In the Jamaican culture boys are expected to show masculinity by being tough (they should not be a “cry baby” or show interest in girl’s stuff.  If they do, they are called sissy).  They are encouraged to start having sex at an early age and often receive praise when they do.  The 1997 Reproductive Health Survey conducted by the National Family Planning Board reported that the mean age for first sexual intercourse for boys in the age group 15 to 17 years was 12.4 years and 14.7 years, for girls.  In some case the boy began having sex as early as age 8 years.  These findings substantiate the arguments put forward by the Women’s Centre of Jamaica Foundation over the years, that the fathers of our teen mothers babies are in the majority teenagers themselves.  Women’s Centre of Jamaica Foundation data on baby fathers show that 8 out of every 10 baby fathers are adolescent 14-19 years.  The average age of baby fathers is 23 years.


We recognise that our young fathers are often confused as to their parenting role.  Many have no relationship with their fathers or other responsible male to use as role models.  They are on the one hand encouraged to have sex but have no knowledge of sexual or reproductive health or contraceptive including condom use.  In some cases they thought they were too young to get a girl pregnant.  They have not completed secondary level education and have no skill, yet they are expected to contribute financially to their children’s upbringing.  In many instances they are not allowed to have any contact with the girl or her baby.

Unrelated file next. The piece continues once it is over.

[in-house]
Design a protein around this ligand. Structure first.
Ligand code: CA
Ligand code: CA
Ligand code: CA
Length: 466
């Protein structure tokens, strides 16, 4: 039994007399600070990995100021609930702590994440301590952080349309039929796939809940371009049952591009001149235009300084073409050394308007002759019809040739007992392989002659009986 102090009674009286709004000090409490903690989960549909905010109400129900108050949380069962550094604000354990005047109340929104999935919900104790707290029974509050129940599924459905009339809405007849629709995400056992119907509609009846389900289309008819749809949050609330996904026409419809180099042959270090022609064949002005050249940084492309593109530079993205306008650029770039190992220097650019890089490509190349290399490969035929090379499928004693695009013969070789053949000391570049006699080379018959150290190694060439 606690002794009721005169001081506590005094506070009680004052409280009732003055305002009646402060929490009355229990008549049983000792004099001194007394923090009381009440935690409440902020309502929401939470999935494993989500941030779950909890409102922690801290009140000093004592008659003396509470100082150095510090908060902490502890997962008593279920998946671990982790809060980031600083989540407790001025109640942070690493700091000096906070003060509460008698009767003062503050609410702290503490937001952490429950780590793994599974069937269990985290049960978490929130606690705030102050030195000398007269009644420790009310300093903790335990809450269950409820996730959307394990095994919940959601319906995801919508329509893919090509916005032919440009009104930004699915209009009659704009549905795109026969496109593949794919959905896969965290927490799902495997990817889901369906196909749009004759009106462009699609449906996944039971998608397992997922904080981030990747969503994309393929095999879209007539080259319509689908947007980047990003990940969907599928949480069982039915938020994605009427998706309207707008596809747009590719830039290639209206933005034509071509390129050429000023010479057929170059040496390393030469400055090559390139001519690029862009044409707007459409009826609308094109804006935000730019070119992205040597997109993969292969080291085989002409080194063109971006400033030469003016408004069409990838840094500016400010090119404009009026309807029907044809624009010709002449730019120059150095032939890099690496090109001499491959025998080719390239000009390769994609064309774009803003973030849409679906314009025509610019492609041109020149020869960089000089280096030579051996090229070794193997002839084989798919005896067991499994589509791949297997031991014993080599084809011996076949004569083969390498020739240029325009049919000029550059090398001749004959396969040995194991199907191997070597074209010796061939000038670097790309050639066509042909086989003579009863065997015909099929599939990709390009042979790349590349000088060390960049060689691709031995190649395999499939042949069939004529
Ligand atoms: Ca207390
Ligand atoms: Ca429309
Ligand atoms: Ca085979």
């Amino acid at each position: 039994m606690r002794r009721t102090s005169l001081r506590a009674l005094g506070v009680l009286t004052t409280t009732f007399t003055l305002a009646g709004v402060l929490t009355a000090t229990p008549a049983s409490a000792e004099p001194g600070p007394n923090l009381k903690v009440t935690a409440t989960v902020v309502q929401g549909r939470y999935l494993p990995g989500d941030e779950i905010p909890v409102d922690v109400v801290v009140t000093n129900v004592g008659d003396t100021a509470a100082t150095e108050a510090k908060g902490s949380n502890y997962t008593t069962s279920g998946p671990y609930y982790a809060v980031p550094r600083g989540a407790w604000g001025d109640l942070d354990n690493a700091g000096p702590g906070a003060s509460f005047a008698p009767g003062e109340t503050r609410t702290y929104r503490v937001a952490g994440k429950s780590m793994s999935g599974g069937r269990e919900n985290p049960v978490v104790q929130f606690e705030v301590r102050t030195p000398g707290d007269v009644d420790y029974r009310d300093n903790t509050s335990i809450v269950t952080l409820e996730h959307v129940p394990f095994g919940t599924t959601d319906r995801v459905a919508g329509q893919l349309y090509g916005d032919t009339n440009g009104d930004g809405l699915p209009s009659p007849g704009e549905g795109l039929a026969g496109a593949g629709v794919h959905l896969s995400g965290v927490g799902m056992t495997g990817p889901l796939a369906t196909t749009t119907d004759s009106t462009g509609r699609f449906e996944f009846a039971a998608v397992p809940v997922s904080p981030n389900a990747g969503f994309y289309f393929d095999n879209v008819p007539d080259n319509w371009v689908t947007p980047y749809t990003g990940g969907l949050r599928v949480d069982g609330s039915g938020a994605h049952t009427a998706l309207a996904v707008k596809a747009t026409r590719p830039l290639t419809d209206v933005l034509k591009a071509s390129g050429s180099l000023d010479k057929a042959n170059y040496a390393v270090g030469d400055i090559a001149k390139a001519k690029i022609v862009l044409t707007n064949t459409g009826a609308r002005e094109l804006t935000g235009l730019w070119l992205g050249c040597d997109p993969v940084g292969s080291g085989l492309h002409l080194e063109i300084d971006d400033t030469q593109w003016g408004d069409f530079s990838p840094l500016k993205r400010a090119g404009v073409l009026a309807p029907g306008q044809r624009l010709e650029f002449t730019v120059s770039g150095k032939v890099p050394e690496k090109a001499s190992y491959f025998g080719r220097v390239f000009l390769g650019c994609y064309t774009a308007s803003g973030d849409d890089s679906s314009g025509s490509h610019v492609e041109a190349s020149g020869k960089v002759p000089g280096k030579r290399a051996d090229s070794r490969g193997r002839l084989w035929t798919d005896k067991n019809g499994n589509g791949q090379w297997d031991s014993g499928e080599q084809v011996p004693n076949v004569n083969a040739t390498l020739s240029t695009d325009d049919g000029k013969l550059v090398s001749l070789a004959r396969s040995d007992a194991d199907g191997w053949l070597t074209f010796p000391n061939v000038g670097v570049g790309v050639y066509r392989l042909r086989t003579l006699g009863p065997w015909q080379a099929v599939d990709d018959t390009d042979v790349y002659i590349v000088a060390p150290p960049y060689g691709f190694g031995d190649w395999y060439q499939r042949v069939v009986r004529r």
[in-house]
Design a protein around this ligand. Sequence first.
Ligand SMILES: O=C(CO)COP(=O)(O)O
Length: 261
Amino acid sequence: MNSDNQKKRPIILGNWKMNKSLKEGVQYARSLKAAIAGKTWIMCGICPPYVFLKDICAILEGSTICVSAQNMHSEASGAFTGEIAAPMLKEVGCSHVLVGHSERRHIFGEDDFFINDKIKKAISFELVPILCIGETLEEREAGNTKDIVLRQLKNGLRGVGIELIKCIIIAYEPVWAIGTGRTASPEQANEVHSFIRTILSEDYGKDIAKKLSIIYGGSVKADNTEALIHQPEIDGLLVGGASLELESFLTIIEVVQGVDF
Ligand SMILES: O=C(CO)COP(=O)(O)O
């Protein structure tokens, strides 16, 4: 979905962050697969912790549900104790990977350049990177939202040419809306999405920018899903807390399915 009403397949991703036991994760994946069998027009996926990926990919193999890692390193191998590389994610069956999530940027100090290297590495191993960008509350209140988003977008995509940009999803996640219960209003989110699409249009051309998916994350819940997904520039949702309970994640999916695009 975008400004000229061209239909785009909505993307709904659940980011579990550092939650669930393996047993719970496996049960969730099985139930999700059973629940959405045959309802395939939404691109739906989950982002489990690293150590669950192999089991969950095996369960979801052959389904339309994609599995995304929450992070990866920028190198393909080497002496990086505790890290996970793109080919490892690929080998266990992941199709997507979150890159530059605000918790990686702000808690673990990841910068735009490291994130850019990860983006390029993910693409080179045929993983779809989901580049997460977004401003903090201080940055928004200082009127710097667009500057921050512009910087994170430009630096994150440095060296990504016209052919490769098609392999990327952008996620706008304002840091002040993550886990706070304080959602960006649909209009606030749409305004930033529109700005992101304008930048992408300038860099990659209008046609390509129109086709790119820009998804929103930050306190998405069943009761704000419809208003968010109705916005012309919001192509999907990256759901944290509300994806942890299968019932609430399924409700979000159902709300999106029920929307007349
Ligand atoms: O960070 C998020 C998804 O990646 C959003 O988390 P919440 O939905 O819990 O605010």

Findings from a recently concluded Tracer Study by Youth.now, USAID of baby fathers at two of our Women’s Centre revealed that:

1)     the boys whose fathers were actively involved in their lives share a special bond that was sadly lacking in the case of transient or absent father,

2)     Others felt that their lives would be better if their father had played his role as a parent in their upbringing,

3)     Still others regret the loss of opportunity to gain meaningful employment because they are uneducated and unskilled.

It is said repeatedly that the Jamaican male is marginalized as regards academic and technical education.  This marginalization follows through to sex education.  We really need to accelerate programmes and policies, which will provide our young people with factual and accurate information regarding reproductive and sexual health (including contraceptive, STI/HIV/AIDS) and rights.


A special effort must be made in the case of our boys as they have been left behind, so to speak.  Girls, because of menstruation will always learn from other females, but boys often have no male to teach them what growing up to manhood is all about.


·        Education must begin during the process of socialization through all agents but especially in the home

·        Parents should take responsibility to teach their sons as well as their daughters about sexual issues

·        Schools should be more creative in their approach and base reproductive health education on the reality that exists in our society and the gaping adequacies in our education of our young.  This should include responsibilities of both woman and man in the relationship and the duty of the man to his off-spring.

October 18, 2002